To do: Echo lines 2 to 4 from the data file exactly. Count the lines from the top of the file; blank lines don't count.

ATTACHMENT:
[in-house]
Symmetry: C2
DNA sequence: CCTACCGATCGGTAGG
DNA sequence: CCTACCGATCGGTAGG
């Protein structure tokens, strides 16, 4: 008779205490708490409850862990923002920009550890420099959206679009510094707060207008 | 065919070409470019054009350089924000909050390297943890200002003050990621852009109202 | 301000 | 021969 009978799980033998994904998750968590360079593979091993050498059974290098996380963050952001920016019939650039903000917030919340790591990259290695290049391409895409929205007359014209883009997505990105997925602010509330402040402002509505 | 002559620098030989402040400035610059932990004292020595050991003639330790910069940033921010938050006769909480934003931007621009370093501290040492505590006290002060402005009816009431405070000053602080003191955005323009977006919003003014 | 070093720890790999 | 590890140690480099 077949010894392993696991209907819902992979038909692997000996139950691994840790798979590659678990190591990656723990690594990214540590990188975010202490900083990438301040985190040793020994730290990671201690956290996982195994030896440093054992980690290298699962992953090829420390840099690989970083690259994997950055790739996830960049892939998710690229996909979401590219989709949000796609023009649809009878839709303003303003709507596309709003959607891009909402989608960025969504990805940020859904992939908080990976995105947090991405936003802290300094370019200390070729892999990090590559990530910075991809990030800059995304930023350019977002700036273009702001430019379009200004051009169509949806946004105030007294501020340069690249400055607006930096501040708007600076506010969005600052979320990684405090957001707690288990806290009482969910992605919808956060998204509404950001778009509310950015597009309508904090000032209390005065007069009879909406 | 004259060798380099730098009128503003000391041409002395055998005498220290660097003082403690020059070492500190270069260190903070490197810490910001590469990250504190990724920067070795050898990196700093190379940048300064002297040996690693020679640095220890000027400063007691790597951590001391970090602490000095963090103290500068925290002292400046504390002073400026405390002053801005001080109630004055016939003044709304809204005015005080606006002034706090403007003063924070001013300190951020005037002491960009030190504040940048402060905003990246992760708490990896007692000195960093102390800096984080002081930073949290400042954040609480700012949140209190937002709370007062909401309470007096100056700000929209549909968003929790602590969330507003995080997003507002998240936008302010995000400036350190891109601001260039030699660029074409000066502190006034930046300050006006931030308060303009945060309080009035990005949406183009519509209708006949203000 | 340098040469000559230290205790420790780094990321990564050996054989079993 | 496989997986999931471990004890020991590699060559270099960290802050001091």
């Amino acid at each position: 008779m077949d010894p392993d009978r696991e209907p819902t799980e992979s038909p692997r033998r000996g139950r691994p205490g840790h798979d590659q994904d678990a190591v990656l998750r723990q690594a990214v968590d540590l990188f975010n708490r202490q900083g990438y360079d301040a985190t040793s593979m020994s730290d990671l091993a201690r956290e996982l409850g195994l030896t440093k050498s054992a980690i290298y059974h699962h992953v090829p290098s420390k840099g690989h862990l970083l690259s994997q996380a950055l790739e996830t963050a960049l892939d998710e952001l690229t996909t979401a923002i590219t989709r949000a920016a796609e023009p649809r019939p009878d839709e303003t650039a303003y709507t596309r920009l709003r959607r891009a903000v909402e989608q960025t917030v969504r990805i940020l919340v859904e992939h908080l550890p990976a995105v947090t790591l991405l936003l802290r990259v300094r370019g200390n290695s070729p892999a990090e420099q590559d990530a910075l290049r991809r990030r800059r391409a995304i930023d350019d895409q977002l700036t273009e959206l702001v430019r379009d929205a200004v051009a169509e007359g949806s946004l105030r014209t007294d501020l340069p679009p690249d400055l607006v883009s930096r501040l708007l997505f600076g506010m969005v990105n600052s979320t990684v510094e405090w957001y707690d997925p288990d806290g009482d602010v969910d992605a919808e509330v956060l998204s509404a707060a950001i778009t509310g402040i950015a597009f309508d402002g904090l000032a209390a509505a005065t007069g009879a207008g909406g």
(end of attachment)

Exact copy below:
Symmetry: C2
DNA sequence: CCTACCGATCGGTAGG
DNA sequence: CCTACCGATCGGTAGG